As an essential component of thyroid hormones, iodine is essential for growth, development and numerous metabolic processes. However, the trace element iodine does not occur naturally in the human body and therefore has to be supplied by food. About 70 percent of the absorbed iodine is consumed in the thyroid, where growth and cell division are controlled. Outside the human body, iodine is used as a disinfectant or X-ray contrast agent.
Iodine in food
Iodine is abundant in sea fish and seafood. In addition, the trace element is in milk and eggs, as well as in all foods that have been spiced in the preparation with iodine salt (eg bread). An adult person has an iodine daily requirement of about 200 micrograms, children about 50 micrograms less. For example, the iodine daily dose for adults is included in
- 48 g haddock
- 76 g salmon
- 104 g of plaice
- 154 g mussel
- 166 g of cod
- 340 g oyster
- 380 g of halibut
- 400 g of tuna
- 1000 g of spinach
- 2100 g rye bread
Recognize iodine deficiency
The lack of iodine intake is widespread. It is estimated that over one billion people worldwide are affected by iodine deficiency. Depending on the presence of iodine in the soil, iodine deficiency is regional. Outwardly visible evidence of iodine deficiency is often a goiter (goiter = enlarged thyroid gland).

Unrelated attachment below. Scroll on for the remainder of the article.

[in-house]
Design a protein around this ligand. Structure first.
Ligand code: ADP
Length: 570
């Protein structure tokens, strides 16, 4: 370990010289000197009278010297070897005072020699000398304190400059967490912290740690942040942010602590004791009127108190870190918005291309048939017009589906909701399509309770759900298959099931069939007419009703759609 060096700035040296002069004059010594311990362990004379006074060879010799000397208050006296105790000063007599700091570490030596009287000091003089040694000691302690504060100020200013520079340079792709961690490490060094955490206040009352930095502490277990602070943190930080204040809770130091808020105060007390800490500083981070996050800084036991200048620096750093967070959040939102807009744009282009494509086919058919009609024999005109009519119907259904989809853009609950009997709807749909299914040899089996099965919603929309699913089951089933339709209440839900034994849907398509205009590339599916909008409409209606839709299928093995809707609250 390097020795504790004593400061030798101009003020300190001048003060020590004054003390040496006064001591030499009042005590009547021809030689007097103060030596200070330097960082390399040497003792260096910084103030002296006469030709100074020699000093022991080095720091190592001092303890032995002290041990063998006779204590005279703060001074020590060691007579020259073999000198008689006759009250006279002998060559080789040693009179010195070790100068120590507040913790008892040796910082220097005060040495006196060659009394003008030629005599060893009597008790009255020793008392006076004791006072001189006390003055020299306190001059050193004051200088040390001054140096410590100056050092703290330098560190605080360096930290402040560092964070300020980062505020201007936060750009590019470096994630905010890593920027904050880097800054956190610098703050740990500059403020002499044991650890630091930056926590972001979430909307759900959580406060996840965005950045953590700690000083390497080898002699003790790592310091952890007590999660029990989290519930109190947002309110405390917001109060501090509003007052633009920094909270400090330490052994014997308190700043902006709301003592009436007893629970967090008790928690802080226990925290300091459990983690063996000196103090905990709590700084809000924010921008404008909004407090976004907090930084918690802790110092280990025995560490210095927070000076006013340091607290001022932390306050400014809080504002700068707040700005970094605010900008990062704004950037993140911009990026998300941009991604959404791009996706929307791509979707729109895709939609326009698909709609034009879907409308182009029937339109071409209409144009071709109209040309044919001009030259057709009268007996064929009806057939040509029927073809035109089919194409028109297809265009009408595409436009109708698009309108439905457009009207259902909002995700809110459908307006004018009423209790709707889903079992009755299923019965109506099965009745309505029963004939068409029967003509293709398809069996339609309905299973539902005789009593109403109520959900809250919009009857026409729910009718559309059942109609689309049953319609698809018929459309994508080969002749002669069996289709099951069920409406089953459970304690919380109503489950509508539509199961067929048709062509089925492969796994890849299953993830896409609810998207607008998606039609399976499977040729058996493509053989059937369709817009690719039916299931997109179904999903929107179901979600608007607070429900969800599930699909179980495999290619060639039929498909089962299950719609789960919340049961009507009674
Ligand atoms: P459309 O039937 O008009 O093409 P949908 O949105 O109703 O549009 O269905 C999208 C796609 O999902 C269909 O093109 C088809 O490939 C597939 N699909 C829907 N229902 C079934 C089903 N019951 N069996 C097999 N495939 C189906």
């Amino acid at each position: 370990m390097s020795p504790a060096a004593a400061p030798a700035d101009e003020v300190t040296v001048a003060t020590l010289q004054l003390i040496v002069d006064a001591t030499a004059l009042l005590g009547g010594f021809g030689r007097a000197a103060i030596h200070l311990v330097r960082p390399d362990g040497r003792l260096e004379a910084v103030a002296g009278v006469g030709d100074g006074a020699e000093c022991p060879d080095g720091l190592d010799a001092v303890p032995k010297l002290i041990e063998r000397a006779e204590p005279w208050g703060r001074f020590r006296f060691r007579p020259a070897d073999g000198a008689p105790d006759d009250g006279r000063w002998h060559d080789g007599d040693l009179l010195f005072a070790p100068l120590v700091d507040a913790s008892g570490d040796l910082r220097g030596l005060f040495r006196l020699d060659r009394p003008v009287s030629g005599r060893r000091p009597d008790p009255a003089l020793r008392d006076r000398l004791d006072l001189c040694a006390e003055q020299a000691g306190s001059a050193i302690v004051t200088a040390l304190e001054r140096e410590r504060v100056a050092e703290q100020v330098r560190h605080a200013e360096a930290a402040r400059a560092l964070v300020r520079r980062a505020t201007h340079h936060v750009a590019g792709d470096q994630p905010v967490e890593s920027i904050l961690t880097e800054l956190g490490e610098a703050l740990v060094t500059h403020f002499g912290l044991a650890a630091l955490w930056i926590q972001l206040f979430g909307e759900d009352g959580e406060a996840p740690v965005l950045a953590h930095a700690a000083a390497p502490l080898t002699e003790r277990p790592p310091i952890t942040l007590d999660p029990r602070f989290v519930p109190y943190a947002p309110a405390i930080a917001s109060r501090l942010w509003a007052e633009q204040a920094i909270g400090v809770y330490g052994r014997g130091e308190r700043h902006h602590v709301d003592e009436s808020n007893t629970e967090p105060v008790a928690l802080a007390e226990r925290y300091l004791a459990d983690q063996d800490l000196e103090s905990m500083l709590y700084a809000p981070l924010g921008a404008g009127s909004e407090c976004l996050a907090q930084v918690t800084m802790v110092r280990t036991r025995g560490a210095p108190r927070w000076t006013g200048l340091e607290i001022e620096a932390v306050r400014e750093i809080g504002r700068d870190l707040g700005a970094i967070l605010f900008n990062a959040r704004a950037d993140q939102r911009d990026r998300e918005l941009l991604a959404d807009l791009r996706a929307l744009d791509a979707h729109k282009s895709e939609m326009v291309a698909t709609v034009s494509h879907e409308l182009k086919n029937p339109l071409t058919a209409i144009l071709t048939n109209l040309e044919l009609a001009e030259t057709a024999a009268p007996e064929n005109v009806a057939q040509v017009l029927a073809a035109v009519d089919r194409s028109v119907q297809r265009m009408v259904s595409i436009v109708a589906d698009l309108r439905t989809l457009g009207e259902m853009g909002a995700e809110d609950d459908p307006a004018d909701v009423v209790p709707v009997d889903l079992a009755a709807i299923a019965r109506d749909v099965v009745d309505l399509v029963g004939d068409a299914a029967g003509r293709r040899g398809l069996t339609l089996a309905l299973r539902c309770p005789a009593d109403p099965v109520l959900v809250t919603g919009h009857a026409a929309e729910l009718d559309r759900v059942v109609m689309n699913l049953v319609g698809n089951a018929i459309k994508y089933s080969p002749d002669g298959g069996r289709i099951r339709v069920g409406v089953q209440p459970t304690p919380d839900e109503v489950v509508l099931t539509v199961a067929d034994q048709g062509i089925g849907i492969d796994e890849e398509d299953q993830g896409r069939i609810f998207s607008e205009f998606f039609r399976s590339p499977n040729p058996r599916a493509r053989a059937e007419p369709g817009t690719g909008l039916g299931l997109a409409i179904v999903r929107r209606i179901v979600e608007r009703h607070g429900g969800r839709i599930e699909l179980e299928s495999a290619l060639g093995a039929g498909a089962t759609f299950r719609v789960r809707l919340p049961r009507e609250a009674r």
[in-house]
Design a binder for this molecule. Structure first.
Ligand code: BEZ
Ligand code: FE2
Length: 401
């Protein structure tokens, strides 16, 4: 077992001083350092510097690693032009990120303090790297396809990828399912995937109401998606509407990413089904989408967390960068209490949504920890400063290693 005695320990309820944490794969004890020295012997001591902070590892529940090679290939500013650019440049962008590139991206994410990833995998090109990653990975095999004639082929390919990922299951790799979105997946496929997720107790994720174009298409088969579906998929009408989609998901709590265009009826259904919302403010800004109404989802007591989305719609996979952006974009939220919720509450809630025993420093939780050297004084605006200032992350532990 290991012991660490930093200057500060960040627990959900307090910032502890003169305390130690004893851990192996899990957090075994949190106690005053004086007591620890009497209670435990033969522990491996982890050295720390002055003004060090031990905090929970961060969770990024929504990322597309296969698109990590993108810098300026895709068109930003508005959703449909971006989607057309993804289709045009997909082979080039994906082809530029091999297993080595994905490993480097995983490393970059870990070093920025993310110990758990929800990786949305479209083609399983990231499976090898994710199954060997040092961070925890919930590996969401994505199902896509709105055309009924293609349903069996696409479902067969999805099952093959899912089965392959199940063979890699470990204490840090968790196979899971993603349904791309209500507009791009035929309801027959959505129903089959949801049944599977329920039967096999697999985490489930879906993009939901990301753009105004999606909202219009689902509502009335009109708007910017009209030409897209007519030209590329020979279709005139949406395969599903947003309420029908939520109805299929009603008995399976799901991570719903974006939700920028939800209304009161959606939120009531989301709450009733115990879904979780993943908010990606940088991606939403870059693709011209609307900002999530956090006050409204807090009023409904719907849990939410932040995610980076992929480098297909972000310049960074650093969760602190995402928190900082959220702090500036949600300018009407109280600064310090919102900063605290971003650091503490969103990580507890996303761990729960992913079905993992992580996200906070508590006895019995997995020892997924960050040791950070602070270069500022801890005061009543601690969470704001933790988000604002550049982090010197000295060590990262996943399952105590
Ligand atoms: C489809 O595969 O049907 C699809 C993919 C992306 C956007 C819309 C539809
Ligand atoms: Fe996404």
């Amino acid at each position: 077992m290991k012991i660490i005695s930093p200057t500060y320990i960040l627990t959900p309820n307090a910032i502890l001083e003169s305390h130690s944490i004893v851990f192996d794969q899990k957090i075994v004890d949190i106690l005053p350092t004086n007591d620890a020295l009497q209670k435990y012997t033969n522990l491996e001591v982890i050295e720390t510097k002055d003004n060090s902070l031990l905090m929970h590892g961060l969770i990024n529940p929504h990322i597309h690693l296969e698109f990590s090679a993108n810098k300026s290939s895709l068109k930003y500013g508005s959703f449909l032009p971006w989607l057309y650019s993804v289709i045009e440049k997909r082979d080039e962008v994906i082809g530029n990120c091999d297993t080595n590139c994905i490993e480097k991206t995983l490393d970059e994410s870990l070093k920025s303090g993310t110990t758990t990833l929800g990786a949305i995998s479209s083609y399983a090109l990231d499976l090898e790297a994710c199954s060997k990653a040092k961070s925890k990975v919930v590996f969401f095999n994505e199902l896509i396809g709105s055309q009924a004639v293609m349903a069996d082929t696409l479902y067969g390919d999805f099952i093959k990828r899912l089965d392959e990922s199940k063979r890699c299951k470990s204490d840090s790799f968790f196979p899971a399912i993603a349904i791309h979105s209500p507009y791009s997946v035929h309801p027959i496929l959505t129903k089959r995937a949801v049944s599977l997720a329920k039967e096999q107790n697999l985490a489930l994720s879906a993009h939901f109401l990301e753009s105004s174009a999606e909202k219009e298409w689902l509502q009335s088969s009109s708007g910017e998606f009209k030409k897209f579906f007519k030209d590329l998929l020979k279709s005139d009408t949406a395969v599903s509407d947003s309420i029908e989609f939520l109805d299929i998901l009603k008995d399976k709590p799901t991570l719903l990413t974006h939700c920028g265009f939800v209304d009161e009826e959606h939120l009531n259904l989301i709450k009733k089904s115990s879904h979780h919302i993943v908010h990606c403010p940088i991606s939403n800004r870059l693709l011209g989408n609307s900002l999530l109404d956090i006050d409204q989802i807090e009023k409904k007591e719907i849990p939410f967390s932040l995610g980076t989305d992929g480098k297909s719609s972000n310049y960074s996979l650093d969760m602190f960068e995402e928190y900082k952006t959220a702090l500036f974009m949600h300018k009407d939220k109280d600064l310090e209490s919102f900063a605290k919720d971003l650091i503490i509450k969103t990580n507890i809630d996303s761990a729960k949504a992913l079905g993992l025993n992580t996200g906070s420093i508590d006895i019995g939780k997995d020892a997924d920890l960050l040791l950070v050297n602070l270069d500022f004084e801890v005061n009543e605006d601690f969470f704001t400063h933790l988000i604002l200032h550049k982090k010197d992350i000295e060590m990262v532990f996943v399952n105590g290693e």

Especially severe is the iodine deficiency in newborns and small children. There is a risk of serious, irreversible developmental disorders, including cretinism. In adults, iodine deficiency may manifest as reduced temperature tolerance and severe weight changes.
Prevent a shortage of iodine
To prevent iodine deficiency, the Jodsalzverordnung was issued in Germany in 1989, which allows the trace element iodine in small amounts to add to the conventional table salt. According to the iodine deficiency study group, iodine salt is now used in 85 percent of German households.
Since then, iodine deficiency is relatively rare in Germany - only pregnant women, nursing women, athletes or people with hypothyroidism have an increased need for iodine. This should be covered with a regular consumption of dairy products, sea fish, iodine salt and possibly also iodine tablets.
Iodine: overdose rarely
An iodine overdose or iodine poisoning can hardly arise through a normal diet. One kilo of salt may not be added by law more than 25 milligrams of iodine. An iodine overdose therefore arises more due to the improper consumption of iodine tablets.
People with iodine allergy may also experience the symptoms of iodine overdosage if they eat too much iodine or drink iodine. These manifest in headache, conjunctivitis, gastrointestinal complaints, burning in the mouth and throat and iodine acne.
Iodine and radioactivity
Iodine is basically a natural element and completely harmless. However, nuclear fission produces radioactive iodine-131 and iodine-123. If these isotopes enter the human body, they deposit in the thyroid gland and can cause considerable damage there, in the worst case even thyroid cancer.
Therefore, for example, in a reactor accident iodine tablets are distributed to the population, in which iodine is contained in a high dose, thus protecting the thyroid gland. However, the iodine tablets must be taken as precaution and as quickly as possible, because once the dangerous iodine-131 or iodine-123 once entered the thyroid gland, the tablet can not do anything.